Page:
1,532 reputation
619
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location Berlin, Germany
age 26
visits member for 3 years, 9 months
seen 7 hours ago

I got my Master degree in Pure Mathematics in Rome, and now I'm a PhD-student in Berlin.

My main research interest is Arithmetic Geometry, but I'm here mainly because I like to keep an open eye towards a variety of fields in Mathematics!


Feb
6
comment some question of sheaf
The assumption $X=U$ is harmless. Indeed if $U,V$ are two open subsets containing $Z$ then $\Gamma_{Z\cap V}(V,\mathcal{F}|_V)\simeq\Gamma_Z(X,\mathcal{F})\simeq \Gamma_{U\cap Z}(U,\mathcal{F}|_U)$. Regarding the fact that $Z$ is only locally closed in $X$ I have been indeed a bit sloppy. As it is stated my proof works assuming $Z$ closed, it works also for $Z$ locally closed but you have to be a bit more careful when applying arguments involving open coverings of $X$. When I'll have some time I'll write down details about it. Thank you for pointing it out!
Feb
6
answered some question of sheaf
Jan
23
comment $z \sin z \sin 1/z$ does not have singularities, why?
Ooops! Despite the use of the variable, the words "pole" and "residue" and the tag I was looking at the real situation... I'm sorry!
Jan
23
comment $z \sin z \sin 1/z$ does not have singularities, why?
Try to compute the limit! $\sin(\frac{1}{z})$ is not defined at $z=0$, but it is certainly bounded in a neighborhood. While $z$ and $\sin(z)$...
Jan
15
comment The lower bound on the number of numbers needed to fill a matrix in a special way.
Done! I'm sorry for your original problem, but I would say this is quite common in Mathematics...
Jan
15
answered The lower bound on the number of numbers needed to fill a matrix in a special way.
Jan
14
comment The lower bound on the number of numbers needed to fill a matrix in a special way.
Absolutely correct! You can think about writing it down as an answer and then accept it, so people will not consider this question as open anymore!
Jan
14
comment Prove a function is primitive recursive
Perfect! ;) For your future participation in Math.SE remember that people do care about how many answers did you accept, so keep going!
Jan
14
comment The lower bound on the number of numbers needed to fill a matrix in a special way.
No problems, but it is wrong as well. Consider $n=3$, then $k=2$. Let $A=\{a,b,c\}$, and consider the $2\times 2$-matrix with $a$ in both the places in the diagonal and $b$ otherwise. This respect your condition but you cannot find $c$ in it. Perhaps we can try to find the smallest $k(n)$ such that your condition on rows and columns implies that you can find all the elements of $A$... ...but the answer would be $k(n)=n$ always, can you prove it?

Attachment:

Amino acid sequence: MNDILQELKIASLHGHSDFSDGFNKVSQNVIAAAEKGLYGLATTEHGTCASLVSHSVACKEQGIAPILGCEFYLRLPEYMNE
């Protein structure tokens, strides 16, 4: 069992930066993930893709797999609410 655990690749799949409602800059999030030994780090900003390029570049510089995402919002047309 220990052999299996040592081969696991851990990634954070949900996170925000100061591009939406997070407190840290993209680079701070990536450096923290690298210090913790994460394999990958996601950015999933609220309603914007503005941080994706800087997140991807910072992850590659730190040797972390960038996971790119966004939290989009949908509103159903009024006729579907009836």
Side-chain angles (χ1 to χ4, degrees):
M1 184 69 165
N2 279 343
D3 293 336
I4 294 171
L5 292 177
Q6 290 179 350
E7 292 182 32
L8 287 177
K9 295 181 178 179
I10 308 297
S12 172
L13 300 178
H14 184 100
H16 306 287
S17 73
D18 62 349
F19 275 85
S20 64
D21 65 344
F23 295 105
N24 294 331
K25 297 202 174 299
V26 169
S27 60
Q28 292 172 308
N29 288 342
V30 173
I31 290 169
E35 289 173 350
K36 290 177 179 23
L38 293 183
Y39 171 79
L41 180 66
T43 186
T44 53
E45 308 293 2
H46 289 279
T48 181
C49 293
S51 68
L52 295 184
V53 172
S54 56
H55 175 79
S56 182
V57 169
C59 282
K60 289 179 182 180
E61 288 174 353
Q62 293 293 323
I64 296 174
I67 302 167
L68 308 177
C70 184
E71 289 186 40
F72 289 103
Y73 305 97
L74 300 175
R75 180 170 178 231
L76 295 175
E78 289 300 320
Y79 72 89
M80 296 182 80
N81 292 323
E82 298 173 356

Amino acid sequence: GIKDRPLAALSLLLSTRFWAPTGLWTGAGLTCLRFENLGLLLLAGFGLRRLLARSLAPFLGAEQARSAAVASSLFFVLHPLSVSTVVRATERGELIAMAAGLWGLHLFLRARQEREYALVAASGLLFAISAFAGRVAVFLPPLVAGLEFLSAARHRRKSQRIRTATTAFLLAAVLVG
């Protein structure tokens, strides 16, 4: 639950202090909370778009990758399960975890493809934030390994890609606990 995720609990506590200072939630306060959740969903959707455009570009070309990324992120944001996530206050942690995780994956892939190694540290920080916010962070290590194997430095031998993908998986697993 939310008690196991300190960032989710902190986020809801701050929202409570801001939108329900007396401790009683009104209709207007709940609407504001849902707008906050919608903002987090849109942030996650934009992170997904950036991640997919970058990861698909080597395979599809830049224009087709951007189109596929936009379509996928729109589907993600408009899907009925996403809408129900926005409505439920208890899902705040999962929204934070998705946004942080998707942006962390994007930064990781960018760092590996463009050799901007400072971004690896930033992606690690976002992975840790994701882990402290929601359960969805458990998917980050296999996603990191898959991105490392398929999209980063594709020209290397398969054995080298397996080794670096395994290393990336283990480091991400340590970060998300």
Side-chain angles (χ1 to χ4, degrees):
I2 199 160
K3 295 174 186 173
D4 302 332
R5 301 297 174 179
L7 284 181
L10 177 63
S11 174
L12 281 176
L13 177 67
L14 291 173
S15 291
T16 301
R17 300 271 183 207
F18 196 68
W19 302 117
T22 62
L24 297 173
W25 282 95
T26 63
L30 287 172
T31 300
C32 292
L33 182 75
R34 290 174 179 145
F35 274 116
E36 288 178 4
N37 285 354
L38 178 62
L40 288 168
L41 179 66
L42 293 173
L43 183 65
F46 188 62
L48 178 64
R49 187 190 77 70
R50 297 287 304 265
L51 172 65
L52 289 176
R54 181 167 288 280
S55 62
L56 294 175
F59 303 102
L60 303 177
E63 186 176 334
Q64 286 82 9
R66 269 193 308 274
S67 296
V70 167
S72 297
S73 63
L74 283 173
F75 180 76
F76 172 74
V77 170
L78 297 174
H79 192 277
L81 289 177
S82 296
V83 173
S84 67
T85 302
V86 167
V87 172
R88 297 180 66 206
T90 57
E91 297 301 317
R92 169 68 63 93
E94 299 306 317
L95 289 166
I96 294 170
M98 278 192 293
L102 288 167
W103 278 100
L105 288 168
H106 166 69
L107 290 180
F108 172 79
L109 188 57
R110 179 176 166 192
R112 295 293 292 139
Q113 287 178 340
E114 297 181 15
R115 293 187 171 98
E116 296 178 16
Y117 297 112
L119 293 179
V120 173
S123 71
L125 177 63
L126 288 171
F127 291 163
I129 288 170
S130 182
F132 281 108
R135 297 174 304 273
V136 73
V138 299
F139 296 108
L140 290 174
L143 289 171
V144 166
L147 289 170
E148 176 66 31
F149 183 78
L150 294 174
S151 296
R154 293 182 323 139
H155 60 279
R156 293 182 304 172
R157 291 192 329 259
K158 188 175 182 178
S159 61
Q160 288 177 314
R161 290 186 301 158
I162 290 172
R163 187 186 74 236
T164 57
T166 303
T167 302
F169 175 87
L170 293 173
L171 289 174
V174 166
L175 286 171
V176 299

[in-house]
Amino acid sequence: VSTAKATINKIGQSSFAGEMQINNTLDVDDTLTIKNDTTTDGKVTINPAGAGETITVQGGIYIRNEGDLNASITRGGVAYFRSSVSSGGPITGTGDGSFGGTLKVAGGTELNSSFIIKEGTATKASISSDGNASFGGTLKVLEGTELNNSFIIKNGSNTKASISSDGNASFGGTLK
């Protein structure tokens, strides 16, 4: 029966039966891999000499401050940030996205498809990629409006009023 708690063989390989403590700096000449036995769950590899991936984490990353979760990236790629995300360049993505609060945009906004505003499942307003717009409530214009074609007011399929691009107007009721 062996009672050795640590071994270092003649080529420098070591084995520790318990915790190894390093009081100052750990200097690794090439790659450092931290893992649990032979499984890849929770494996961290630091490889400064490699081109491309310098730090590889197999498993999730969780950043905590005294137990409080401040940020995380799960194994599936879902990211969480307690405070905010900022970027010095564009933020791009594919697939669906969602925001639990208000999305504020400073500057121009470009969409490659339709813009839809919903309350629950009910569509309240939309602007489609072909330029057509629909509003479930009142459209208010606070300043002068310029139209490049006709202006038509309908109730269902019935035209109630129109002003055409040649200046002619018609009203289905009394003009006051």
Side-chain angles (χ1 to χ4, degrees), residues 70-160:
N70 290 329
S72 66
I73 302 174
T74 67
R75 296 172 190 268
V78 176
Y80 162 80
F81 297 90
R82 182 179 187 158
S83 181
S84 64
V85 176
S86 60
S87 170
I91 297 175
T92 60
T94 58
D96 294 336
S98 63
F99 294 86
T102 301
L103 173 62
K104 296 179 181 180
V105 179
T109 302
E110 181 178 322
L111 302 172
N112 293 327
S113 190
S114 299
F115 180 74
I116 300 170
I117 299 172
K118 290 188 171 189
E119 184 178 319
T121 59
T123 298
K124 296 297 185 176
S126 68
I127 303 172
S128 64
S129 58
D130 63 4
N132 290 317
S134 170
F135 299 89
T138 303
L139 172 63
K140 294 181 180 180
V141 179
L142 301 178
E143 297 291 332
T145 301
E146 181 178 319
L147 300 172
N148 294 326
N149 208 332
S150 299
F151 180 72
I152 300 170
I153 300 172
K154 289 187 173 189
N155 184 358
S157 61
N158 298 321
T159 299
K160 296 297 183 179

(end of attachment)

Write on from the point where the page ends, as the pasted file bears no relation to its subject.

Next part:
Jan
14
comment The lower bound on the number of numbers needed to fill a matrix in a special way.
This is wrong. Pick $n=2$, then...
Jan
14
comment Prove a function is primitive recursive
You are welcome! The problem with your solution seems to me that $f(x-a)$ could be not well defined. In the sense that a primitive recursive function goes from $\mathbb{N}$ to $\mathbb{N}$ and if $x<a$ then $x-a\notin\mathbb{N}$. Moreover you should observe that the composition of primitive recursive functions is primitive recursive. If you want to be sure to have understood a good exercise could be to write $f_n(x)=x+n$ only in terms of projective and successor functions. Lastly, do you know how to accept an answer?
Jan
14
answered Prove a function is primitive recursive
Jan
14
comment Prove a function is primitive recursive
Welcome to Math.SE! You could have considered the addition of this link to your question: en.wikipedia.org/wiki/Primitive_recursive_function . In specific the paragraph "Addition" in the page above should answer your question. Is it correct?
Jan
12
accepted Computation of a (probably) tricky limit.
Jan
10
comment Computation of a (probably) tricky limit.
@Marek Thank you very much! I unzipped your comment and you`re totally right (there is still a factor 2 missing, but I'm confident I'll find it once reviewing the computation)! If you want to put it as an answer I will accept and upvote it as soon as possible! :)
Jan
10
revised Computation of a (probably) tricky limit.
edited body
Jan
10
comment Evaluate a double infinite summation
Where does this problem come from? Are you familiar with the notion of Eisenstein series? en.wikipedia.org/wiki/Eisenstein_series It seems quite close to it. But I don't see straight away any explicit relation between the two. If you could provide some more details we could help you better.
Jan
10
comment Evaluate a double infinite summation
What is your question?
Jan
10
comment What is $\operatorname{Ext}_{\mathbb{Z}} (\mathbb{Z}/m\mathbb{Z},\mathbb{Z}/n\mathbb{Z})$?
Are you looking at $\mathbb{Z}/m\mathbb{Z}$ and $\mathbb{Z}/n\mathbb{Z}$ as $\mathbb{Z}$-modules?
Jan
10
revised Computation of a (probably) tricky limit.
added 10 characters in body